Are You Brilliant And Admirable Or Indispensable?

 

In Charles Krauthammer’s book “Things That Matter: Three Decades of Passions, Pastimes and Politics,” he argues that when the folks at Time magazine chose Albert Einstein as Person of the Century in 1999, they erred. He argues that it should’ve been Winston Churchill.

While singing Einstein’s praises, Krauthammer points out that eventually someone else would’ve found Einstein’s ideas had he not birthed them. Although brilliant and admirable, he was not “indispensable.”

Churchill, on the other hand, was indispensable because without his leadership in World War II, Krauthammer suggests, “the world today would be unrecognizable — dark, impoverished, tortured.”

Most business “leaders” aren’t indispensable (some would argue that they aren’t even necessary, but I don’t buy it). In fact, many of them are managers rather than leaders depending on how you define the two terms  (in my mind, leaders drive change, and managers tame complexity). Until a business faces significant headwinds (e.g., competition, changing customer preferences, new technology and regulation) or identifies a new opportunity that requires significant change, the CEO is most often like a pilot on a routine flight — probably well-trained, able to use systems at his or her command and methodically following a checklist. The CEO lands the plane and the next “plug and play” pilot does the same thing. A critical role, but one undifferentiated from the other.

Different aircraft have different checklists and slightly different technology, but changing from one aircraft to another requires a bit of training that isn’t all that difficult. Yes, pilots flying the heavy iron do train to a much higher level of proficiency, but it’s not as if they transition from flying an Airbus 380 to dancing with the Bolshoi Ballet!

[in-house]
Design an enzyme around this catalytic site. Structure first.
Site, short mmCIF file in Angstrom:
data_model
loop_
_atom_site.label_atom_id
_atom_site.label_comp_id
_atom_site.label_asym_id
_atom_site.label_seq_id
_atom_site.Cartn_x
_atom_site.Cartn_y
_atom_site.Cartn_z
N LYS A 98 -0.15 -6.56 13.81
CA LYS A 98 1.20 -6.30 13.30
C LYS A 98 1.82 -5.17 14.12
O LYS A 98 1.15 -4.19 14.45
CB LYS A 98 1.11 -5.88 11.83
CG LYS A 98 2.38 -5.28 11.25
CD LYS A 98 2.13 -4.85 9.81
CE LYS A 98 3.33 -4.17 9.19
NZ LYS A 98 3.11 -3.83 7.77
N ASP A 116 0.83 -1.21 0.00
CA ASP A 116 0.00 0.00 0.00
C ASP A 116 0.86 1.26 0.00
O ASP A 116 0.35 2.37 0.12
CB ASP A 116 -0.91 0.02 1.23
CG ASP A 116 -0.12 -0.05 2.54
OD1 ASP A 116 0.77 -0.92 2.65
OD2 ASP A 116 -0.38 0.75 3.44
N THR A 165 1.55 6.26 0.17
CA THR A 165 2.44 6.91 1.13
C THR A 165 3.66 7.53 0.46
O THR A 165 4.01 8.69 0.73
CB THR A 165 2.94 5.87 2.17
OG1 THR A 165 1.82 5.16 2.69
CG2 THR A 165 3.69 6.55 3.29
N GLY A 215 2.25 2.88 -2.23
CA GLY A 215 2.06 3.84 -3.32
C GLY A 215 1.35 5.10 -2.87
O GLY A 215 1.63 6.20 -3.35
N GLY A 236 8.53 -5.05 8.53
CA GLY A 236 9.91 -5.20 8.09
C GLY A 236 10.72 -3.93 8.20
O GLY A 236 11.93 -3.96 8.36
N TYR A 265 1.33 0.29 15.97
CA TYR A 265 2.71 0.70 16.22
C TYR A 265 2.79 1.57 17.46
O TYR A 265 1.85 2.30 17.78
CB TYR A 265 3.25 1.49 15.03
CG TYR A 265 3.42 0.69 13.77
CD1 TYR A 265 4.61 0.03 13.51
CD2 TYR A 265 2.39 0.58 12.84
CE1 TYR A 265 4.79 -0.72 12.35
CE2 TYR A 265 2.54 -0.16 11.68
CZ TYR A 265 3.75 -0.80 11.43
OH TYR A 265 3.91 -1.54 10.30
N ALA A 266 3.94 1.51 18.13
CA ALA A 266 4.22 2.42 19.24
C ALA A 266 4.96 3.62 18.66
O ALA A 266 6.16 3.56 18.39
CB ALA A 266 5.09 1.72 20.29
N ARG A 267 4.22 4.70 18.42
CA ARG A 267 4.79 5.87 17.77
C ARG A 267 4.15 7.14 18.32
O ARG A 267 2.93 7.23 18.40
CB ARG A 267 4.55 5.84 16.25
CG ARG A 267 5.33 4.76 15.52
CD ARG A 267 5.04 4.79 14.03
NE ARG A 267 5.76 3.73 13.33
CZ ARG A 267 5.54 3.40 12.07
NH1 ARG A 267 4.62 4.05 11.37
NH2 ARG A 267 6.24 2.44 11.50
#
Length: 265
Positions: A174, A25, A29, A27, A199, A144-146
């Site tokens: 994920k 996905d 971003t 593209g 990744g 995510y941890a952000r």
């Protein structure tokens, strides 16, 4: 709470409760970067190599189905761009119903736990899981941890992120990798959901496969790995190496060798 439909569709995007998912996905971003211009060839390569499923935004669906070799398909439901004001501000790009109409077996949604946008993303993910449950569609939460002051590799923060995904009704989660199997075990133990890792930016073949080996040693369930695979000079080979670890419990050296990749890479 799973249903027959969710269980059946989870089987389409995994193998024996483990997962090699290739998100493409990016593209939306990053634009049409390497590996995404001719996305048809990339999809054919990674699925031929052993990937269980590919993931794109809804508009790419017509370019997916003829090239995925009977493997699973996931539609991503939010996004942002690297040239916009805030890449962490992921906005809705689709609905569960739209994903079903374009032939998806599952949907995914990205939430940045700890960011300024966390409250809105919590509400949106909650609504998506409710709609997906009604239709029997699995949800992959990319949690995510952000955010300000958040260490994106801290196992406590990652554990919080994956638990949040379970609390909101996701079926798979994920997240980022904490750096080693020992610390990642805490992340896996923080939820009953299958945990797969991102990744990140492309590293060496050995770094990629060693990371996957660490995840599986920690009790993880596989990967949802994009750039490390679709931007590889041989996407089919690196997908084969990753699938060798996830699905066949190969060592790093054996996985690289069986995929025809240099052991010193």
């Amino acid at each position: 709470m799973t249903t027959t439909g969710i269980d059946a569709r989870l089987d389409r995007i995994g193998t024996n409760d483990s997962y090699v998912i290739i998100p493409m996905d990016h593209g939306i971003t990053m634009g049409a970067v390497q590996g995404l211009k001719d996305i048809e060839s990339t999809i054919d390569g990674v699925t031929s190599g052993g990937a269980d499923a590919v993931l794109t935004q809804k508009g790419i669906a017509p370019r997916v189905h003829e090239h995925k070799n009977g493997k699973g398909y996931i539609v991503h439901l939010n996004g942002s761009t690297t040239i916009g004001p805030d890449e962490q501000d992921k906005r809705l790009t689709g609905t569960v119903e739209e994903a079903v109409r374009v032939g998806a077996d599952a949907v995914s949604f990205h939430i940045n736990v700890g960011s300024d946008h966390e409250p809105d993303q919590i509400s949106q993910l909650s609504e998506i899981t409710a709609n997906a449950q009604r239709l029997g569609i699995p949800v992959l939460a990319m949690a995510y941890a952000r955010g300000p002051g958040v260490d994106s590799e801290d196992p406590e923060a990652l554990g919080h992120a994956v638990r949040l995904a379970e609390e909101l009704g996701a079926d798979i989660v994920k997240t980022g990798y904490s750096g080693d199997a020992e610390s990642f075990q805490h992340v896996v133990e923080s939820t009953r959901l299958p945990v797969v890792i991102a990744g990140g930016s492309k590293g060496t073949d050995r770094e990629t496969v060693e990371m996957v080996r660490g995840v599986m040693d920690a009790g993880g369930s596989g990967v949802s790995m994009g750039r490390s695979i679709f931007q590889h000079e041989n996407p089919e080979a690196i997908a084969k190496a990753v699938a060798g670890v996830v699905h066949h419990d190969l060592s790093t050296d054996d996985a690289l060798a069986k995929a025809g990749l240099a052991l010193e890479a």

There’s nothing wrong with CEOs who never have to enact dramatic change. Some industries and individual businesses can run for decades without significant change. It’s tough to effectively execute an inherited strategy and vision — perhaps from the founder or one that evolved over many years. Done well, it requires planning, hard choices, systems thinking and an ability to build commitment within the team. It’s admirable work!

However, taking a sharp turn is a different matter. More like freestyle ballet than flying with a checklist.

It takes indispensable leaders to look at a brick wall (hopefully one that they’re years away from hitting) or see a bright future over a different horizon and then redefine where “there” is and how to get there. That doesn’t mean that they have to do it on their own any more than Churchill fought the war by himself. It does mean, however, that they serve as a catalyst for the change. It requires an ability to craft a new vision, articulate a fresh strategy, and then plan and execute that strategy.

Can “average” CEOs become indispensable? Yes, if they have the desire, resilience and process to do so and they anticipate significant pain or see a much brighter future through change. Should CEOs initiate a strategic shift without anticipated pain or benefit? Hell no — that would be stupid!

The world needs a lot of Einsteins in the C-suite. It also occasionally needs Churchills. If you’re a board member hiring a new CEO, you need to know which one you need. If you’re a candidate for the top job, you need to know who you are.

 

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